More People Exposed To Rabies In Hillsborough County Video

This is the vaccination protocol I follow for my own dogs;

Core Vaccinations:


Remember, young puppies also have young immune systems and are susceptible to contagious diseases, do your best to keep them away from a lot of exposure until their immune system gets older and more effective. This means limited trips to the park or walks in the neighborhood. It is important to socialize your puppy but do not expose her/him to dogs or places that might expose him to risks. Puppies over eight weeks of age should receive the combination Distemper/Hepatitis/Parvo (DHP) vaccination three to four weeks apart until fifteen to sixteen weeks of age. The rabies* vaccination can be given as early as twelve weeks old but I prefer to have vaccinated between four to six months of age. (The county requires that it be given by four months of age+  ) The first rabies vaccination given is a one year vaccine.

Adult dogs:

One year after the last puppy DHP vaccine your dog should receive a 3 year DHP vaccination. Then one month, or more, later a three year rabies vaccine can be given. Dogs older than one year, who are up to date on their vaccinations, can receive a DHP vaccine every three years or your vet can run titers (blood antibody levels) to determine his/her immunity and vaccinate as needed. You can discuss, and decide with your Vet, the pros and cons of both options. A Rabies vaccination will need to be given every three years unless it is demonstrated that your pet has a serious illness directly related to vaccination(s) at which point a one year medical exemption can be issued. Both Hillsborough and Pasco counties allow medical exemptions for county licenses. An antibody titer can be run done to determine the level of protection but this test is not recognized by the county in lieu of vaccination.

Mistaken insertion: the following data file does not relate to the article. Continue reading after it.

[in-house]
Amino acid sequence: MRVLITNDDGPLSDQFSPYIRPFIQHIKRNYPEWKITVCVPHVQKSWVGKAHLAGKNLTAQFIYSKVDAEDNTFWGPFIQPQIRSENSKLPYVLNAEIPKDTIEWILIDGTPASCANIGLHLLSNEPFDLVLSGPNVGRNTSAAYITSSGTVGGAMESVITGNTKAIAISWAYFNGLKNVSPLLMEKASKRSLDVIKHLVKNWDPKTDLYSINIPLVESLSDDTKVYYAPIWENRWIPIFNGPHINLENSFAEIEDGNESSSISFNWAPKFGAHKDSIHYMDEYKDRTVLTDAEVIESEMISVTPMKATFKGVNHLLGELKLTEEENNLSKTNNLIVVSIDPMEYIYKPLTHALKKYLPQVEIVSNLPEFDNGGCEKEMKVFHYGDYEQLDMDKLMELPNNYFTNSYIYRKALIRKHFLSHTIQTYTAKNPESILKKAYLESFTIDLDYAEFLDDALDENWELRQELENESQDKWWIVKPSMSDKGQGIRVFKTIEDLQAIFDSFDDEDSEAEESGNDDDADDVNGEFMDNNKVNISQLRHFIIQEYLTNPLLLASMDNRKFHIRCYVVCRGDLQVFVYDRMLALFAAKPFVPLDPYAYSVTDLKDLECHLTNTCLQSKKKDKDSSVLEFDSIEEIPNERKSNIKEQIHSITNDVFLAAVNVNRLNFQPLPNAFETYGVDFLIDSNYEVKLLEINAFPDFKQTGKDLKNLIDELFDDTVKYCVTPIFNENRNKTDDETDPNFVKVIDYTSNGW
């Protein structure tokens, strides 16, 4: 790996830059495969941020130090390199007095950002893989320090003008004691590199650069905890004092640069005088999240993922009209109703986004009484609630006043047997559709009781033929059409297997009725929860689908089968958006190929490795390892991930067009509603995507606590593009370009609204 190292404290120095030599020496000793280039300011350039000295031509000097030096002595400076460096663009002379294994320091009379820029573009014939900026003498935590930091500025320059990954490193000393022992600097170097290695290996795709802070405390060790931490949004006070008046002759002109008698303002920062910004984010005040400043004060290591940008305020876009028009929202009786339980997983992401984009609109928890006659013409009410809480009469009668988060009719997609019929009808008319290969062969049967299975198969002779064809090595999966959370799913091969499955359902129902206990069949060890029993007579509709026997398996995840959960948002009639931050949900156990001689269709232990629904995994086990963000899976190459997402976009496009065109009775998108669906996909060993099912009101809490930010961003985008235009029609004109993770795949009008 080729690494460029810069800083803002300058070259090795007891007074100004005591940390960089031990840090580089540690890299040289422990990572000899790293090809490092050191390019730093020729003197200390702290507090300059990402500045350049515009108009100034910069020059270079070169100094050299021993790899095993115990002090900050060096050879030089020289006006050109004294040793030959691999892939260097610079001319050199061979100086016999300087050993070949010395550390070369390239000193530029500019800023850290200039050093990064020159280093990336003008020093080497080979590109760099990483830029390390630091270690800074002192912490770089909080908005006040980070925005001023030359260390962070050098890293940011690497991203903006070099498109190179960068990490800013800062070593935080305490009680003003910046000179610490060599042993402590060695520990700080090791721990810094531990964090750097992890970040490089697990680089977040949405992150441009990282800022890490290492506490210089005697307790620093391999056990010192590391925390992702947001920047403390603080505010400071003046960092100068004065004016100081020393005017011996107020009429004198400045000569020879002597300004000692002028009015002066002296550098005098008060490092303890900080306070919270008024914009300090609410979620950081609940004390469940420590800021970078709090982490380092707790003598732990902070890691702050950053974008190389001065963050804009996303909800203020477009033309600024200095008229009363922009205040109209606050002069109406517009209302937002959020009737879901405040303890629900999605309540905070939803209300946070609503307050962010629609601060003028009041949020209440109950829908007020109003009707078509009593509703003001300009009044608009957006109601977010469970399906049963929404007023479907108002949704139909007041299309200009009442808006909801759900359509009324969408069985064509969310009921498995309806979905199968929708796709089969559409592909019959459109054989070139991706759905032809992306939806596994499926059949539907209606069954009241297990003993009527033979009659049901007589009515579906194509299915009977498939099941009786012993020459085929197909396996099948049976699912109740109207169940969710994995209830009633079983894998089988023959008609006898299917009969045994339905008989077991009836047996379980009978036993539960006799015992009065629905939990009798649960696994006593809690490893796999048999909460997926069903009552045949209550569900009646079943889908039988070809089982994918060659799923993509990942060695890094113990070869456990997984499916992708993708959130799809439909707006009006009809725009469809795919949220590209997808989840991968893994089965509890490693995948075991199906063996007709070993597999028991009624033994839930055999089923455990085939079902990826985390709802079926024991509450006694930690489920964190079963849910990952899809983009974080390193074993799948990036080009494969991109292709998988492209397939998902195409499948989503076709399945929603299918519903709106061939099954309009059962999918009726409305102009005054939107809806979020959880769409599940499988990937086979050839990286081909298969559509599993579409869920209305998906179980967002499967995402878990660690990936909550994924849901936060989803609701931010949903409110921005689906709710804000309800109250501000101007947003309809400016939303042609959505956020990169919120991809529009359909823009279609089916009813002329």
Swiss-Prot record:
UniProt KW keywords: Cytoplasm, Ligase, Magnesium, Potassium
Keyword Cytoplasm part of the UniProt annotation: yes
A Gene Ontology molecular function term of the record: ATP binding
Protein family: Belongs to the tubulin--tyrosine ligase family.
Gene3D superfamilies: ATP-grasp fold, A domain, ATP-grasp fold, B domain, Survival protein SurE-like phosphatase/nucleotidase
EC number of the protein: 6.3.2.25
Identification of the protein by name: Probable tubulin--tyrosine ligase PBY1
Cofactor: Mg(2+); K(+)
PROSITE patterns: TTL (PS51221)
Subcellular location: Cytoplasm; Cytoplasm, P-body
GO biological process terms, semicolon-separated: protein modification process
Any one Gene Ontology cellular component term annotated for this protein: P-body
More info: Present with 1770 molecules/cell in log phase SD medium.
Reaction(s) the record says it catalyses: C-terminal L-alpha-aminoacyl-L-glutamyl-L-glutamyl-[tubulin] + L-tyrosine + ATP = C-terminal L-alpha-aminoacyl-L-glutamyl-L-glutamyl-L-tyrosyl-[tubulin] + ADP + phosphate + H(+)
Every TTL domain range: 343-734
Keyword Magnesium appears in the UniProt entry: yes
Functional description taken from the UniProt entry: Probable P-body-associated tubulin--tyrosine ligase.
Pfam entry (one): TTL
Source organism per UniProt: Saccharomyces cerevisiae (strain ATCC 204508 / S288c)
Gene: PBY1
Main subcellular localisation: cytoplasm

Other Vaccines are the bordatella (kennel cough) vaccination unless your pet is going to be at a facility that requires it (boarding kennel, groomers, show circuit or training facility). (There is a homeopathic nosode that may give a temporary level of protection.) I recommend the K9 Influenza H3N8 and H3N2, Corona virus, Leptospirosis (I do not recommend Lepto ) and Lyme vaccinations ONLY for an animal that will be at high risk of exposure. Discuss your pet’s risk factors with your Vet and make this decision together.  I do not, at this point, suggest the Giardia or Ringworm vaccines.

Other important info I do suggest physical exams, heartworm tests and fecal tests be done on a yearly basis and that heartworm prevention be given on a monthly basis. I recommend the monthly preventative Heartgard Plus.

Remember, the best protection is a HEALTHY IMMUNE SYSTEM and minimal exposure to viruses, either via vaccines or by natural exposure. High quality nutrition, toxin free air and water, exercise and a loving home environment are essential components of a healthy life.

*Homeopathic Lyssin 30C is recommended for pets receiving a rabies vaccine to ‘protect’ them from the potential harm that homeopathic theory believes the rabies vaccine can cause.  (Or constitutional homeopathic treatment can be started after vaccines are stopped.) + Remember, because rabies is a potential threat to human health, and therefore can be a legal issue, we need to follow acceptable protocol as closely as possible.

Protecting the pet is the owners responsibility, not mine. If you choose to have some vaccines, but not others, that is your decision. I recommend that you always follow your Vets advice, and study all materials available to you. Just like a human, a pet can catch a cold, flu, cough, or infectious disease anywhere. It is your duty as a pet owner to make your decision as to how to protect your pet. Some of the information listed on this page was copied from Animal Alternitives Veterinarians vaccination protocol.

AAHA Guidelines.